Oshunda cc v Blaauw and Another (10 of 2000) [2001] NAHC 17 (14 May 2001)

FA 10/2000


Teek, JP; Hannah, J, Maritz, J 2001/05/14


Action brought in terms of section 50 of Act 26 of 1988 must be brought in the name of a member on behalf of the corporation and not in the name of the corporation itself. The Court will not relax this statutory requirement.

Case No.: FA 10/2000


In the matter between:





Heard on: 2001-04-30 Delivered on: 2001-05-14


HANNAH,J: This is an appeal from a decision of Manyarara, A.J. upholding a special plea, dismissing the action brought by the appellant and ordering one Hans Behring to pay the respondents' costs.

The special plea was to the effect that the appellant had no locus standi or authority to bring the action and it was advanced in the following circumstances. The appellant is a

close corporation established in terms of the Close Corporation Act, No. 26 of 1988' ("the Act"). At the time of the dispute with which the action was concerned the appellant had three members, namely the said Hans Behring and the two respondents. In the action the appellant alleged that the respondents had been in breach of their fiduciary duty towards it and had been negligent in the management of its business. The appellant claimed a statement of account, payment of a sum of money and the return of certain goods. In its particulars of claim the appellant averred that it was entitled to institute the action against the respondents by virtue of the provisions of section 50 of the Act.

Mention should be made at this stage of the power of attorney to sue which was fded with the registrar. This was signed on 4th December, 1998 by Behring "acting herein as a member of Oshuunda CC and in terms of Section 50 of the Close Corporation Act". Also fded was a document headed "Extracts from the minutes of the meeting of the Board of Directors of Oshuunda CC held at Windhoek on 4th day of December 1998". This document sets out two resolutions purportedly made by the "Board of Directors". One is a resolution that action be instituted against the respondents. The other is a resolution that Behring, in his capacity as a member of the appellant, be authorized and empowered to sign all documents necessary for the institution of the action against the respondents. The document is signed by Behring.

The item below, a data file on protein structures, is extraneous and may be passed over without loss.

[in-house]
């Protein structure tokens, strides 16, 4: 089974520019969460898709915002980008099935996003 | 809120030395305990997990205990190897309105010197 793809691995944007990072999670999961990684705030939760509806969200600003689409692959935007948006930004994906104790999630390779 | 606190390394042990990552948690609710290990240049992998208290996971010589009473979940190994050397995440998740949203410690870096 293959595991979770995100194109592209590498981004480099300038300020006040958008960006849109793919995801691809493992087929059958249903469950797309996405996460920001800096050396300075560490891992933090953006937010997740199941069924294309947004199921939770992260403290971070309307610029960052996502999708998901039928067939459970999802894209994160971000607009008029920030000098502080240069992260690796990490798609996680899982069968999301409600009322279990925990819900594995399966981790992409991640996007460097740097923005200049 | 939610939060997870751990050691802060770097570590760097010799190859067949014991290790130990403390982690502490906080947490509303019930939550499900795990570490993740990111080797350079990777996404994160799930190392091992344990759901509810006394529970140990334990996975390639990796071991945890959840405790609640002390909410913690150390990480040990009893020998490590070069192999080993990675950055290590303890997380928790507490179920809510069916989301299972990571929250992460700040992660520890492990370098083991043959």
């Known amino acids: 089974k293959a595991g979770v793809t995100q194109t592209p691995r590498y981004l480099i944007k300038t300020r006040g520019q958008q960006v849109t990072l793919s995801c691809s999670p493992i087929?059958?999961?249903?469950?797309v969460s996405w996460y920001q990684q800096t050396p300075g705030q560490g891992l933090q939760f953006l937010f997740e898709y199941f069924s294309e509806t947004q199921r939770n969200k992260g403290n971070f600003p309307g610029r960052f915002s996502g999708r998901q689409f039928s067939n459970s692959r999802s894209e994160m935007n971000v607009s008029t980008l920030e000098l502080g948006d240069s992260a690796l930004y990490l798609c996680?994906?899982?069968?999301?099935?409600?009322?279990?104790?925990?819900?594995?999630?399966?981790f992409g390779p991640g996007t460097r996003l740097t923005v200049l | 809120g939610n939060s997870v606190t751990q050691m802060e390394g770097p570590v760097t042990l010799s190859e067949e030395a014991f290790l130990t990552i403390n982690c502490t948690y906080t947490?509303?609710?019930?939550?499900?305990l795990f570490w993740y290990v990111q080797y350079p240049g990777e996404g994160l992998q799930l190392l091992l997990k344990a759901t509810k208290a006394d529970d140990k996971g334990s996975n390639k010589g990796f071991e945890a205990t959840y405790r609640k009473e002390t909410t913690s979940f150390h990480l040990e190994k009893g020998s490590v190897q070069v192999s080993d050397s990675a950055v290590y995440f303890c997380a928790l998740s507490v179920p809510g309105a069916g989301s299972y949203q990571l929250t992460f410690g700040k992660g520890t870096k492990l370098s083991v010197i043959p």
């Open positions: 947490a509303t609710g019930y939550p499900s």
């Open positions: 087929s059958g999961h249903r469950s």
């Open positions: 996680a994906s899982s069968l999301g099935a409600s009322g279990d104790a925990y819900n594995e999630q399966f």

Quite apart from the fact that a close corporation is represented by its members, not directors, the document just referred to is obviously a fake. Obviously the respondents did not participate in a meeting at which it was resolved that they themselves be sued by the appellant. There was therefore no majority of members in favour of the institution of the proceedings with which we are concerned. However, that is only of marginal relevance to the special plea raised by the respondents in the Court a quo.

The special plea was concerned with the provisions of section 50 of the Act and in particular subsections (l)(b) and (3). These provide as follows:

"50(1) Where a member or a former member of a corporation is liable to the corporation -


(b) on account of-

(i) the breach of a duty arising from his
fiduciary relationship to the corporation in
terms of section 42; or

(ii) negligence in terms of section 43,

any other member of the corporation may institute proceedings in respect of any such liability on behalf of the corporation against such member or former member after notifying all other members of the corporation of his intention to do so.